According to a recent report in the New York Times (the “Times”), after years of investigations and indictments, the United States Department of Justice (“DOJ”) handed down an indictment on April 6, 2020, charging representatives working for Russia and Qatar with bribing FIFA (the governing body of world soccer) officials to secure hosting rights for men’s soccer in the World Cup. Additionally, three media executives and a sports marketing company were charged with numerous crimes – including wire fraud and money laundering – in connection with bribes to secure television and marketing rights for international soccer tournaments.
In fact, according to a story by The Guardian – a British daily newspaper – the FIFA corruption case produced charges against over forty individuals and entities as a part of the DOJ’s continued long investigation of bribery in world soccer. The investigation was dramatically announced at a dawn raid in 2015 in Zurich on the eve of a congress of FIFA’s governing body.
At a trial in 2017, the former heads of football in Brazil and Paraguay were each found guilty of accepting millions in bribes. During the 2017 trial, the DOJ’s star witness, a former marketing director who pleaded guilty to corruption charges, implicated the two former officials. Both are facing up to twenty years in prison.
In the recent case announced on April 6, U.S. prosecutors revealed explicit details about money paid to five members of FIFA’s top board ahead of the board’s 2010 vote to choose Russia and Qatar as World Cup hosts. Millions of dollars were allegedly paid. Officials at the Russian soccer federation and at FIFA did not initially respond to a request by the Times for comment. Qatar has long denied any allegations of misconduct amidst a number of accusations since it began bidding for soccer’s biggest tournament.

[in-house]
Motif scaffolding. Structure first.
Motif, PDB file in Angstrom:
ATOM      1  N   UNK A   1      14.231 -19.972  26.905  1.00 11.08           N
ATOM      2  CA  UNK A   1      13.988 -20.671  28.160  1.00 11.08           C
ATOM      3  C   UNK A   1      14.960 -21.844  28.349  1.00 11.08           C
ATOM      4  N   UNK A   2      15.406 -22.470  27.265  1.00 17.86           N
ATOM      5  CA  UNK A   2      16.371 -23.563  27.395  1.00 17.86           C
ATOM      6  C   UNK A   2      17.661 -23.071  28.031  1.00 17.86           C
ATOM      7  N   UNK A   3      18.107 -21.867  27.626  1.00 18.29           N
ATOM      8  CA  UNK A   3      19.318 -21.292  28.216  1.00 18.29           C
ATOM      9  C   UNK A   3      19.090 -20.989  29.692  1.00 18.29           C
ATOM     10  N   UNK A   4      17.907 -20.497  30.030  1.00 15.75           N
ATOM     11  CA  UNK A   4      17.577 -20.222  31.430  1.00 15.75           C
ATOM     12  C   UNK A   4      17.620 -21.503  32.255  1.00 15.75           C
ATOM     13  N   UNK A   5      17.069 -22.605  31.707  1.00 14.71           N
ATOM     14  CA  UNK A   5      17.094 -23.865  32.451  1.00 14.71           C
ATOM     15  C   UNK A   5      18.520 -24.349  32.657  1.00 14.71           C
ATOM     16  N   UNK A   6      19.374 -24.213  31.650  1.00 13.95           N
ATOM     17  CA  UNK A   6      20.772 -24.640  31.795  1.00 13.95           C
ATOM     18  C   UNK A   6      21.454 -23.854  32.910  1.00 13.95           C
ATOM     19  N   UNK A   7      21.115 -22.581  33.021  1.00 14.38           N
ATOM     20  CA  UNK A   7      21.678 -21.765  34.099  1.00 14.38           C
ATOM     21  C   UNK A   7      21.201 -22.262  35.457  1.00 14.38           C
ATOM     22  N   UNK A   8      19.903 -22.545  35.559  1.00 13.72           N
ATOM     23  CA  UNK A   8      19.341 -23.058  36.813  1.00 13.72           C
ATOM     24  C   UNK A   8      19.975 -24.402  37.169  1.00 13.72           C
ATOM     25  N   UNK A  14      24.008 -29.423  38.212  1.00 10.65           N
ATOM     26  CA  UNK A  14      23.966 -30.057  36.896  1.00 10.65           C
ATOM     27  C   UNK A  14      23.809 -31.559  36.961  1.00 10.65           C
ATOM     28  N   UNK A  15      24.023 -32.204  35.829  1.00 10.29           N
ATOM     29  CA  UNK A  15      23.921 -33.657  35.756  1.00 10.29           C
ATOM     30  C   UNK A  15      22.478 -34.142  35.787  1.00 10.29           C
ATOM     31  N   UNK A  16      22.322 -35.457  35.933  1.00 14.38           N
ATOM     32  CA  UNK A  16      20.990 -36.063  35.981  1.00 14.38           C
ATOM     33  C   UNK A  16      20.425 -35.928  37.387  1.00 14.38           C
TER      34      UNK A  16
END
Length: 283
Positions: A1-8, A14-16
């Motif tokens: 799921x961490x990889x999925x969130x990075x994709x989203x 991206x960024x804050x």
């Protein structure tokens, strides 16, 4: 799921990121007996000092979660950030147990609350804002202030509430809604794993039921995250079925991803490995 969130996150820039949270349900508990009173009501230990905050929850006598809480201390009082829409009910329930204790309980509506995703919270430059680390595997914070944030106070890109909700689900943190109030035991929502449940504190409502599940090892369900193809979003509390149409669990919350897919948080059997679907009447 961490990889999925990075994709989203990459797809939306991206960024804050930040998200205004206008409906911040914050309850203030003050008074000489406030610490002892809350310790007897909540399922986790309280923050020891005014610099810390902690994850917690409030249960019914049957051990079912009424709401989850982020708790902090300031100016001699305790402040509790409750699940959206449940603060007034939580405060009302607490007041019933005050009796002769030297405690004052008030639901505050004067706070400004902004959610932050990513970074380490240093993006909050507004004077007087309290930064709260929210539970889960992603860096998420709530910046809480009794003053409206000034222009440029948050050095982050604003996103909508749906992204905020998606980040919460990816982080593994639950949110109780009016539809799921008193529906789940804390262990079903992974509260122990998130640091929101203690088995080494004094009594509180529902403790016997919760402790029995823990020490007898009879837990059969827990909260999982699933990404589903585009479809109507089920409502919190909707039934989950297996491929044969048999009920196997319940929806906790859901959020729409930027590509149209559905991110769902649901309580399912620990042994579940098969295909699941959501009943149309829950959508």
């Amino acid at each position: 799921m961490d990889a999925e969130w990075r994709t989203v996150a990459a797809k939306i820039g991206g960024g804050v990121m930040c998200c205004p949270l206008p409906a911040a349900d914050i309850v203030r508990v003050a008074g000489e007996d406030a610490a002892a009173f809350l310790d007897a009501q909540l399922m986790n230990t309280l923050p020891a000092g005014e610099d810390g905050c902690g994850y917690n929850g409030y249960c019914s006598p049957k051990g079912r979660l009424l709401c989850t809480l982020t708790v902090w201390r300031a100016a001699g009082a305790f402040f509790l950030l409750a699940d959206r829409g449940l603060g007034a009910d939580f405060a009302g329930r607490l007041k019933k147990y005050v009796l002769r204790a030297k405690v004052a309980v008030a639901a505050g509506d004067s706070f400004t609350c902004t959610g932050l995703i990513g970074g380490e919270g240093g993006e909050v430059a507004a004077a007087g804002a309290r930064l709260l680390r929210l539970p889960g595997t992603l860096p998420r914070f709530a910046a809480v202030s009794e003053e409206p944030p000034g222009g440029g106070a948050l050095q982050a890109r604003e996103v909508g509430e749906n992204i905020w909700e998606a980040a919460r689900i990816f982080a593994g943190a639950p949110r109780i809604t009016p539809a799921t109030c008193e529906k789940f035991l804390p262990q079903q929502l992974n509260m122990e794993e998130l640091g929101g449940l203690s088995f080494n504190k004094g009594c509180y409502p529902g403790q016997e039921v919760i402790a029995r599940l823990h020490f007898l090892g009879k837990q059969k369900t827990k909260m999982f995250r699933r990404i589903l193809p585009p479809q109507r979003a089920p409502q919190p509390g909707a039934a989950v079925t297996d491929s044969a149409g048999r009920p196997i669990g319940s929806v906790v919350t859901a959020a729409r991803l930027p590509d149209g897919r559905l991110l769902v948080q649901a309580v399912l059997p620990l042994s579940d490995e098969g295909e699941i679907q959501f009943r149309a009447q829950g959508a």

These latest charges follow decades-long investigations of FIFA and broadcast officials resulting in numerous trials and plea agreements. Most of the investigations involve deals between FIFA sports marketing groups and broadcast corporations for the television rights to air the World Cup and other international soccer tournaments, along with the awarding of bids to host the tournaments.
Much has been written over the years about the depth of the corruption culture within FIFA. According to writer Graham Dunbar, for more than twenty years “some soccer officials acted as if they were entitled to kickbacks from broadcasting and sponsorship deals. And they acted as if they were untouchable by sports judicial bodies, despite warning signs from criminal and civil court cases that touched FIFA in Switzerland…” However, rather than effectively deal with the entire corrupt culture within its ranks, FIFA – the largest sports federation in the world – has instead attempted to deflect widespread corruption allegations by finding and suspending a few individuals.
Former president of FIFA, Joseph “Sepp” Blatter, led the organization while soccer increased in global popularity and became financially successful beyond imagination. Nevertheless, according to Dunbar, during Blatter’s time at FIFA, “he basically served as the head of a shadow nation-state that doesn’t ‘govern’ world soccer so much as it plunders countries that want to host the World Cup.”
Yet, in a stunning development recently announced on April 11, Blatter’s World Cup corruption case was dropped by a Swiss prosecutor. This case had been one of two criminal cases pending against him. In the second case, Blatter is accused of having arranged the illegal payment of two million Swiss francs – approximately two million and seventy thousand dollars-to the then Union of European Football Association president Michel Platini in February, 2011. The Swiss Office of the Attorney General said its investigation into this case is not affected by its decision to close the first case.
Evaluating the news of these recent events, we are reminded not to forget FIFA, soccer, the World Cup, Blatter and other associated individuals and entities when we consider the long list of sports, athletes, and governing associations and individuals which have been corrupted by greed and other scandals. As we now adjust and move forward with our lives largely devoid of any entertainment provided by sports, one question deserves further reflection: Do we really want them back without the implementation of widespread changes to ensure integrity and a lack of corruption? Or, is that simply too much to ask…